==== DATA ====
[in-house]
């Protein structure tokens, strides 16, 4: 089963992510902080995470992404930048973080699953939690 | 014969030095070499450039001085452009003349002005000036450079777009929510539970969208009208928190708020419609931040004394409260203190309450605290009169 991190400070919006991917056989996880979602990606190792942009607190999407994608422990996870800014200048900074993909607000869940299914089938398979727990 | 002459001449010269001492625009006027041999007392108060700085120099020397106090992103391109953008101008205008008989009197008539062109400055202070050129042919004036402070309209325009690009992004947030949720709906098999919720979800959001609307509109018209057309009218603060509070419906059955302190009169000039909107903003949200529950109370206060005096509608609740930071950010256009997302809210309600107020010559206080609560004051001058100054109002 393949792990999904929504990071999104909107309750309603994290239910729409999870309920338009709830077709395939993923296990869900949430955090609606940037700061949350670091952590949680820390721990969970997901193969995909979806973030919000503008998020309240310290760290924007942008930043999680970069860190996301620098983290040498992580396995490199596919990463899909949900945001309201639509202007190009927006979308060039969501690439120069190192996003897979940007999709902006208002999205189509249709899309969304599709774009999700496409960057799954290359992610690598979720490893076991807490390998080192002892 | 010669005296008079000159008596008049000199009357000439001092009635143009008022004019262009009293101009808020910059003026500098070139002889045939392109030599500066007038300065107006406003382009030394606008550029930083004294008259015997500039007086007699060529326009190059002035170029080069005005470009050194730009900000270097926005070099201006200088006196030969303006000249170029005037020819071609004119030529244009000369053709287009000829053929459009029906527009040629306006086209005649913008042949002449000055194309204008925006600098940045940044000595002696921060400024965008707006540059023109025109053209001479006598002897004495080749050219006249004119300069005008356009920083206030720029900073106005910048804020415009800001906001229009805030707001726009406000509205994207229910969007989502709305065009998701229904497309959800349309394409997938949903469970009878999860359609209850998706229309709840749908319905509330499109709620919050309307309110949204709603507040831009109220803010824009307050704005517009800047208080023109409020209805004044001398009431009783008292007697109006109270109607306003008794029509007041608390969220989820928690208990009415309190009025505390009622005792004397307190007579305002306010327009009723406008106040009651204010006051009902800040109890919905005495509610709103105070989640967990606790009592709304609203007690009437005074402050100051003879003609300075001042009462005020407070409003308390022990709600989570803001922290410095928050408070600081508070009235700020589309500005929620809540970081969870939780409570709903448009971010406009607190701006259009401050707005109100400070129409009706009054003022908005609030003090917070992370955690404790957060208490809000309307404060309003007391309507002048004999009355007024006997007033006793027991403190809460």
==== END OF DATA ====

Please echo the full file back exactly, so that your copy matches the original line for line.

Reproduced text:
[in-house]
């Protein structure tokens, strides 16, 4: 089963992510902080995470992404930048973080699953939690 | 014969030095070499450039001085452009003349002005000036450079777009929510539970969208009208928190708020419609931040004394409260203190309450605290009169 991190400070919006991917056989996880979602990606190792942009607190999407994608422990996870800014200048900074993909607000869940299914089938398979727990 | 002459001449010269001492625009006027041999007392108060700085120099020397106090992103391109953008101008205008008989009197008539062109400055202070050129042919004036402070309209325009690009992004947030949720709906098999919720979800959001609307509109018209057309009218603060509070419906059955302190009169000039909107903003949200529950109370206060005096509608609740930071950010256009997302809210309600107020010559206080609560004051001058100054109002 393949792990999904929504990071999104909107309750309603994290239910729409999870309920338009709830077709395939993923296990869900949430955090609606940037700061949350670091952590949680820390721990969970997901193969995909979806973030919000503008998020309240310290760290924007942008930043999680970069860190996301620098983290040498992580396995490199596919990463899909949900945001309201639509202007190009927006979308060039969501690439120069190192996003897979940007999709902006208002999205189509249709899309969304599709774009999700496409960057799954290359992610690598979720490893076991807490390998080192002892 | 010669005296008079000159008596008049000199009357000439001092009635143009008022004019262009009293101009808020910059003026500098070139002889045939392109030599500066007038300065107006406003382009030394606008550029930083004294008259015997500039007086007699060529326009190059002035170029080069005005470009050194730009900000270097926005070099201006200088006196030969303006000249170029005037020819071609004119030529244009000369053709287009000829053929459009029906527009040629306006086209005649913008042949002449000055194309204008925006600098940045940044000595002696921060400024965008707006540059023109025109053209001479006598002897004495080749050219006249004119300069005008356009920083206030720029900073106005910048804020415009800001906001229009805030707001726009406000509205994207229910969007989502709305065009998701229904497309959800349309394409997938949903469970009878999860359609209850998706229309709840749908319905509330499109709620919050309307309110949204709603507040831009109220803010824009307050704005517009800047208080023109409020209805004044001398009431009783008292007697109006109270109607306003008794029509007041608390969220989820928690208990009415309190009025505390009622005792004397307190007579305002306010327009009723406008106040009651204010006051009902800040109890919905005495509610709103105070989640967990606790009592709304609203007690009437005074402050100051003879003609300075001042009462005020407070409003308390022990709600989570803001922290410095928050408070600081508070009235700020589309500005929620809540970081969870939780409570709903448009971010406009607190701006259009401050707005109100400070129409009706009054003022908005609030003090917070992370955690404790957060208490809000309307404060309003007391309507002048004999009355007024006997007033006793027991403190809460």